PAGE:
• Driver fitness: This category is a record of any instances where a driver did not possess – or failed to maintain – a valid commercial driver’s license or any necessary medical certificates.
  • Hazardous materials compliance: This category refers to a carrier properly following relevant hazardous materials requirements, including proper packaging, labeling, and care when loading, transporting, and unloading items.
  • Hours of service compliance: This category refers to a carrier adhering to requirements for adequate rest for large truck and bus drivers. Rest requirements ensure vehicle operators are alert and able to respond to external conditions quickly and safely.
  • Unsafe driving: This category monitors how well a carrier’s drivers follow basic driving laws and avoid dangerous activities, including texting, speeding, using a handheld mobile phone, reckless driving, improper lane changing, and general inattention.
  • Vehicle maintenance: This category monitors regular pre-route and post-driving visual inspections along with regularly scheduled maintenance.

Did you know? To comply with FMCSA HoS rules, many carriers use electronic logging devices (ELDs) that hold drivers accountable by reporting when a vehicle is on, idle, and in motion.

Best practices to maintain your fleet’s health and safety

It’s essential for business owners and supervisors to establish policies, procedures and clear expectations that make driver health and safety the No. 1 priority. Incorporating your policies into an employee handbook is a good idea.

Even if you hire experienced drivers, don’t assume their previous employers properly adhered to the rules and regulations for commercial vehicle operators.

Here are four best practices to ensure your fleet’s health and safety:

  1. Develop a fleet safety policy.

Setting clear expectations is a critical management function. When it comes to fleet safety, this means developing a comprehensive fleet safety policy that drivers and managers can easily understand and follow. If everyone at your company isn’t on the same page, it’s challenging to prioritize safety.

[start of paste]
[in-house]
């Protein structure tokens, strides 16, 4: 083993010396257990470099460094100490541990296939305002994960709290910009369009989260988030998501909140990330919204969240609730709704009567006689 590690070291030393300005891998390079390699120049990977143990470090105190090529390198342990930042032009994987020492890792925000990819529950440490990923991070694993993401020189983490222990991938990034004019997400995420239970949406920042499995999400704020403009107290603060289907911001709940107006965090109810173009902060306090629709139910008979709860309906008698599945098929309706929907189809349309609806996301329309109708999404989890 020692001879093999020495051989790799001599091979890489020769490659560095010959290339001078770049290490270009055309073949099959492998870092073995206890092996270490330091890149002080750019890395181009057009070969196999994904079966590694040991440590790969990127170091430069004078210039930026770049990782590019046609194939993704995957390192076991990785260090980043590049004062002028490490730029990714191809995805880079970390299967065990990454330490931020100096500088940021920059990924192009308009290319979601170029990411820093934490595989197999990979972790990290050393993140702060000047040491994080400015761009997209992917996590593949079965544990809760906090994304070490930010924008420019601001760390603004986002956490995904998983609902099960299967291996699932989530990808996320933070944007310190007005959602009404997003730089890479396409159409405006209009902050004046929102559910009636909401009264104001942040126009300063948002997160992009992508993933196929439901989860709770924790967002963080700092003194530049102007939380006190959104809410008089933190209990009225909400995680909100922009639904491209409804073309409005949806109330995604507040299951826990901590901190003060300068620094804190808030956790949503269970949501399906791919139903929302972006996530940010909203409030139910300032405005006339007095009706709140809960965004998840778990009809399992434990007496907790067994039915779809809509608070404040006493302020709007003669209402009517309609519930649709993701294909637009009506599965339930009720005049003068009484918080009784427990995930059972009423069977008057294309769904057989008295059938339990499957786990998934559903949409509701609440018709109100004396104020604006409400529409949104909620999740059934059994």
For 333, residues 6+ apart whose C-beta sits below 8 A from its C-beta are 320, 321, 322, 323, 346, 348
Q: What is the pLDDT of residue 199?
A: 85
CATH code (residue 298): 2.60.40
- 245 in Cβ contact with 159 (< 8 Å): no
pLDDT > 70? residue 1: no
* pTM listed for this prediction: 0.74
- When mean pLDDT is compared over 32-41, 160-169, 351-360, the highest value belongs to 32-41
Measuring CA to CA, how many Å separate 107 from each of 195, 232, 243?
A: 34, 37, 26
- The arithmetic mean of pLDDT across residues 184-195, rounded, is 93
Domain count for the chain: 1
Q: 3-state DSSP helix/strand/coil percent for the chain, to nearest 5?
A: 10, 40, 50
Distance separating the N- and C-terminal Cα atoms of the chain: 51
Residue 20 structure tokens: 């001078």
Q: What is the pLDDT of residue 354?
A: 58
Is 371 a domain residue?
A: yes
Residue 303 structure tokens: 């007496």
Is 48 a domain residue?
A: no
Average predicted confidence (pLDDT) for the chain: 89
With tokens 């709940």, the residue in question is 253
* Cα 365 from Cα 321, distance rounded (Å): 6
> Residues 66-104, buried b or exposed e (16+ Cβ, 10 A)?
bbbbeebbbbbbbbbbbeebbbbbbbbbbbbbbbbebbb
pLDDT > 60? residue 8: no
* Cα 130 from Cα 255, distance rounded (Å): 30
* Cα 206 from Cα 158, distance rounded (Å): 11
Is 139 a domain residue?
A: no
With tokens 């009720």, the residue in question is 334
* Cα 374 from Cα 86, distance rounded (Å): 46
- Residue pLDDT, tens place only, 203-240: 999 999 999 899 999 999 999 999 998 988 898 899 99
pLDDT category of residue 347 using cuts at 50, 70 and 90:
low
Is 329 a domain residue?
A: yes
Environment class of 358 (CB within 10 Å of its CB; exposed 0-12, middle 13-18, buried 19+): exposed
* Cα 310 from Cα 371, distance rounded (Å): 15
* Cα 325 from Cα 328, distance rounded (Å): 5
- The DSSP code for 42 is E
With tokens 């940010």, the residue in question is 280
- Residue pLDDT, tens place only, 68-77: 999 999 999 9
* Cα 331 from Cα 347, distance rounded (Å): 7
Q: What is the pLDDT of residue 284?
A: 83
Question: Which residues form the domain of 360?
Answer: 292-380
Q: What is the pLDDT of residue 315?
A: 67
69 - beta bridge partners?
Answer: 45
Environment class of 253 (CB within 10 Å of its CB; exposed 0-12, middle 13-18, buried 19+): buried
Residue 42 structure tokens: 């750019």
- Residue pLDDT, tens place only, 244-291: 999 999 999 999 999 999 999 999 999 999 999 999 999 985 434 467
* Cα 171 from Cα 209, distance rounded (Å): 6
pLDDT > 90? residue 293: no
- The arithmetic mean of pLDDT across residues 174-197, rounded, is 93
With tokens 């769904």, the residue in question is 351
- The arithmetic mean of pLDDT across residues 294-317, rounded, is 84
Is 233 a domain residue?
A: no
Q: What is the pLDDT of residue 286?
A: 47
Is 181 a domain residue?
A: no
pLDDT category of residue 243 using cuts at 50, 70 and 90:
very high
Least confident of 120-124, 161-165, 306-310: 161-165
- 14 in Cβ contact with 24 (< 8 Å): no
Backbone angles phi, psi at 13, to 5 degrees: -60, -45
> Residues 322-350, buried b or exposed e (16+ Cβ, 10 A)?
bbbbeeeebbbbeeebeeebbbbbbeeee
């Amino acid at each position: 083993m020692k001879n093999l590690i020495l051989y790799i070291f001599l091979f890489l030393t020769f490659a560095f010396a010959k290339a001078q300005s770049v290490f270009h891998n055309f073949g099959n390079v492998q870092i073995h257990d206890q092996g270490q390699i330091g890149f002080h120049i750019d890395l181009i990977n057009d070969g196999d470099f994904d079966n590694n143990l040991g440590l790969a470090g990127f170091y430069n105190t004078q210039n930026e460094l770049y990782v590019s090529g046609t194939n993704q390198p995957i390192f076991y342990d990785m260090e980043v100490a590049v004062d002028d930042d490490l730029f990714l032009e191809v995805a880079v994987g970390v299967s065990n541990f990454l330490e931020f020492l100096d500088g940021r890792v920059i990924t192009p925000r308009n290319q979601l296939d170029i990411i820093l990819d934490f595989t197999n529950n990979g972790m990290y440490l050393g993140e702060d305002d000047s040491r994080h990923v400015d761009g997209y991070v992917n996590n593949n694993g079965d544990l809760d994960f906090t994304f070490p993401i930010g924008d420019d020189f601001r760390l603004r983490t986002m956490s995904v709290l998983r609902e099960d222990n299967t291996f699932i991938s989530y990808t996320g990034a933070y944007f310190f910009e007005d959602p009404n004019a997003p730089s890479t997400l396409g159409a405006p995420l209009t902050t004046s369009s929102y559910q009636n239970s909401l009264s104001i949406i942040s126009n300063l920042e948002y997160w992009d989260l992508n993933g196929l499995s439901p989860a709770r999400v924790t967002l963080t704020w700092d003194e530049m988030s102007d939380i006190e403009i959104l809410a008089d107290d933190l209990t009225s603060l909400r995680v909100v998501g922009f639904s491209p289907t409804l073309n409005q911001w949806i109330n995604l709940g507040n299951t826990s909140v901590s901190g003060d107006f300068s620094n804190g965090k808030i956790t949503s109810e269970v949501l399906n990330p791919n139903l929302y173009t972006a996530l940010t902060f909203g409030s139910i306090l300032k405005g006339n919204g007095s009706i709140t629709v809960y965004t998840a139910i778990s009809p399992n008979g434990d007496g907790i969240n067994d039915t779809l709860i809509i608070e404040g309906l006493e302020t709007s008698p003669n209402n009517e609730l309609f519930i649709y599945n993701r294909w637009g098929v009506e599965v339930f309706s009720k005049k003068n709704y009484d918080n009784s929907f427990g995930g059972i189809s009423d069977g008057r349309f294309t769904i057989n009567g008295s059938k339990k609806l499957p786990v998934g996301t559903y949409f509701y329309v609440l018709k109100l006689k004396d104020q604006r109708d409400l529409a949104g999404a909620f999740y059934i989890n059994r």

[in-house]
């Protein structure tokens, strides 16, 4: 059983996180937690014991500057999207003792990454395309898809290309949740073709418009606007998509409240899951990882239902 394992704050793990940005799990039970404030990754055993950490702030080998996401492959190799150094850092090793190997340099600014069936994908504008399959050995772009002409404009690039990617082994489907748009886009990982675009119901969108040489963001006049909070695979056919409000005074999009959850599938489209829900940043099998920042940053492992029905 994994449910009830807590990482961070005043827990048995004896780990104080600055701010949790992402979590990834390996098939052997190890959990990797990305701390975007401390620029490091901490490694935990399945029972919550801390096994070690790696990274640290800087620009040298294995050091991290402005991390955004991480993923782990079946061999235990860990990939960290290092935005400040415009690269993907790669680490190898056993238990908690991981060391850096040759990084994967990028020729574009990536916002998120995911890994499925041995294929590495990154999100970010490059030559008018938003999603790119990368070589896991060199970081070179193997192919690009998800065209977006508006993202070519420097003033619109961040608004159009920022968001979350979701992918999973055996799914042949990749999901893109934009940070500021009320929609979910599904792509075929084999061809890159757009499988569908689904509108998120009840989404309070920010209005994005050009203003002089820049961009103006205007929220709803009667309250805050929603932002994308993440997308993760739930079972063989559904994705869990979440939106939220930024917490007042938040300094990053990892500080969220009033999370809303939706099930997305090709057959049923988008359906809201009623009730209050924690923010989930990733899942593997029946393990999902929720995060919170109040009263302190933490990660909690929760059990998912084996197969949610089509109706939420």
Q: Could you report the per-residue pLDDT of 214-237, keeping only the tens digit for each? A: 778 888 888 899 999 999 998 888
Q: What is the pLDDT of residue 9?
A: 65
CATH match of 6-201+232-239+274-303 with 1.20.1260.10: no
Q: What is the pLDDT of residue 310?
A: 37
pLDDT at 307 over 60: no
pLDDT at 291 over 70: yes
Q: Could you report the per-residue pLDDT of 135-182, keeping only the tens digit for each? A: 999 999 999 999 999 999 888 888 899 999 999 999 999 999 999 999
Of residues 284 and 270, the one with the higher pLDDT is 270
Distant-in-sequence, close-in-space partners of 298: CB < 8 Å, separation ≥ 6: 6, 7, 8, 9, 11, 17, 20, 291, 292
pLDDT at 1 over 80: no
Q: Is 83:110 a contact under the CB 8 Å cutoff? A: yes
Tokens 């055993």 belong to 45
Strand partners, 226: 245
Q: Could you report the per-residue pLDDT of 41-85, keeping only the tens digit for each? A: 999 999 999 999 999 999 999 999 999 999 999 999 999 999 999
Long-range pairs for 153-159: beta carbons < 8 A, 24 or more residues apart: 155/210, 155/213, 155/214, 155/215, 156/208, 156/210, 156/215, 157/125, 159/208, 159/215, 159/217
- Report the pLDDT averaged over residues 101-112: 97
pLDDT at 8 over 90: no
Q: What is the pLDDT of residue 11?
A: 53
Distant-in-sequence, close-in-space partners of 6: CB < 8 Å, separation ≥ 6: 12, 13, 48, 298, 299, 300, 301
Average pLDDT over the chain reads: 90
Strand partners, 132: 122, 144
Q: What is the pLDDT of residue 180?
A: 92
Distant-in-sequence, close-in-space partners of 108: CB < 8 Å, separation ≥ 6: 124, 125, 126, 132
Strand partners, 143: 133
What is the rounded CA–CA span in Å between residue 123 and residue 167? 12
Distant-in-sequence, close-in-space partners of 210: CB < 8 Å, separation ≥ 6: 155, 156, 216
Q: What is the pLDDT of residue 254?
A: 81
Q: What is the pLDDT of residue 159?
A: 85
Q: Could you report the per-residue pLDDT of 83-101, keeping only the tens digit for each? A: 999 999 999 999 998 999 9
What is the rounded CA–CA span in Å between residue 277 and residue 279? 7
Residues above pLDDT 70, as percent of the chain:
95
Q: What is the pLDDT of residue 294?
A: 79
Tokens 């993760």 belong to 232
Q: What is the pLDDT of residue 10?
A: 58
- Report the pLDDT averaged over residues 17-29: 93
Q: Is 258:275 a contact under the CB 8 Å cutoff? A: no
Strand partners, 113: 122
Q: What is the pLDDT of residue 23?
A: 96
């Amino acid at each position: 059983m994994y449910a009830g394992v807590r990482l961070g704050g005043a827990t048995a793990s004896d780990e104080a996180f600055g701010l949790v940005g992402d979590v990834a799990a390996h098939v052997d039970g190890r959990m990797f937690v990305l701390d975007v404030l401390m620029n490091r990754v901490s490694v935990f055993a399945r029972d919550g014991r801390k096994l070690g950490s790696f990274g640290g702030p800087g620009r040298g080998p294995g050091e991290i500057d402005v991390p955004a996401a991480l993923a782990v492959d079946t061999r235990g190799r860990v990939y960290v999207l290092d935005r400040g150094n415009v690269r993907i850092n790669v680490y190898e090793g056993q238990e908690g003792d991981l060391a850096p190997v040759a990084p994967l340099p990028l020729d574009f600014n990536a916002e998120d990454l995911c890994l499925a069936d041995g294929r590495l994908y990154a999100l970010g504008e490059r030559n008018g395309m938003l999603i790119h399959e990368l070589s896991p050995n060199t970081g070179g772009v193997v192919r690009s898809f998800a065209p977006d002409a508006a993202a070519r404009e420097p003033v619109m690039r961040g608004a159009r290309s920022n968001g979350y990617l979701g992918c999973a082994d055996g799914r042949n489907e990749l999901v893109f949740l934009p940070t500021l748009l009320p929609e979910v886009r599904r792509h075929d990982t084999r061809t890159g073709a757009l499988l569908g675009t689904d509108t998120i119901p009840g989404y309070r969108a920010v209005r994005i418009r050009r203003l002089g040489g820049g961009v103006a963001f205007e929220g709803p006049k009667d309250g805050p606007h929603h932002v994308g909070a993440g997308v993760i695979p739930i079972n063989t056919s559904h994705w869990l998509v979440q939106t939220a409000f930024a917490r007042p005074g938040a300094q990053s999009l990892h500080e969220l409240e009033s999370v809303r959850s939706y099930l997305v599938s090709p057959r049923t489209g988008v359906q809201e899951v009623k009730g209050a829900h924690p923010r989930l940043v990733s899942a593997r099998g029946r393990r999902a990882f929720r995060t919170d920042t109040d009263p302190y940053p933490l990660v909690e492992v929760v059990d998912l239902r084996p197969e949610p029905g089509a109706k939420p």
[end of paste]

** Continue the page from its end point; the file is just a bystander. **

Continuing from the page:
To make it easier for businesses, the FMCSA provides a motor carrier safety planning tool with explanations and templates to help you create a helpful program.

Regularly reviewing your fleet safety policy is essential to ensure your policies and procedures are effective over the long run. Review your guidelines, training and communications regularly – especially after any vehicle incident. Ask for feedback from your drivers to make sure your guidelines are in perfect alignment with what’s being asked of each motor vehicle operator during their shift.

  1. Follow electronic logging device requirements.

With a few exceptions, commercial drivers must prepare a record of duty status for every 24-hour period. When requested by a safety official, motor carriers must provide their ELD records in a digital format.

Basic ELD requirements also state that motor carriers must retain a backup copy of their ELD records for six months on a secondary device. Any failure to record or retain these records makes the driver and carrier liable to prosecution and subject to fines of $1,000 to $10,000.

Did you know? Many carriers pair ELD technology with telematics services to improve productivity, increase fuel efficiency and decrease costs.

  1. Implement driver training programs.

How a company vehicle operates on the road plays a significant role in the public’s perception of a brand. One of the best ways to ensure your fleet vehicles are operated safely is to implement a driver training program that goes beyond ensuring your commercial operators follow the rules of the road.

Driver training programs should include the following elements.

  1. Driver identification: Consider which managers, supervisors, support staff and commercial vehicle operators may at some point drive a fleet vehicle – or even a rental car – on behalf of the company. Just because an employee doesn’t have the word “driver” in their job title doesn’t necessarily mean they won’t operate a vehicle as part of a work-related duty. To be safe, anyone who could potentially operate a vehicle should be included as part of your program.

Driver screening: Work toward building a long-term safety record by carefully screening new hires. This includes a criminal background check, motor vehicle reports, history of traffic citations, physical examination by a medical professional, and knowledge of any drug or alcohol violation history. Consider seeking legal or experienced HR counsel to make sure you ask the right questions and meet any requirements to stay compliant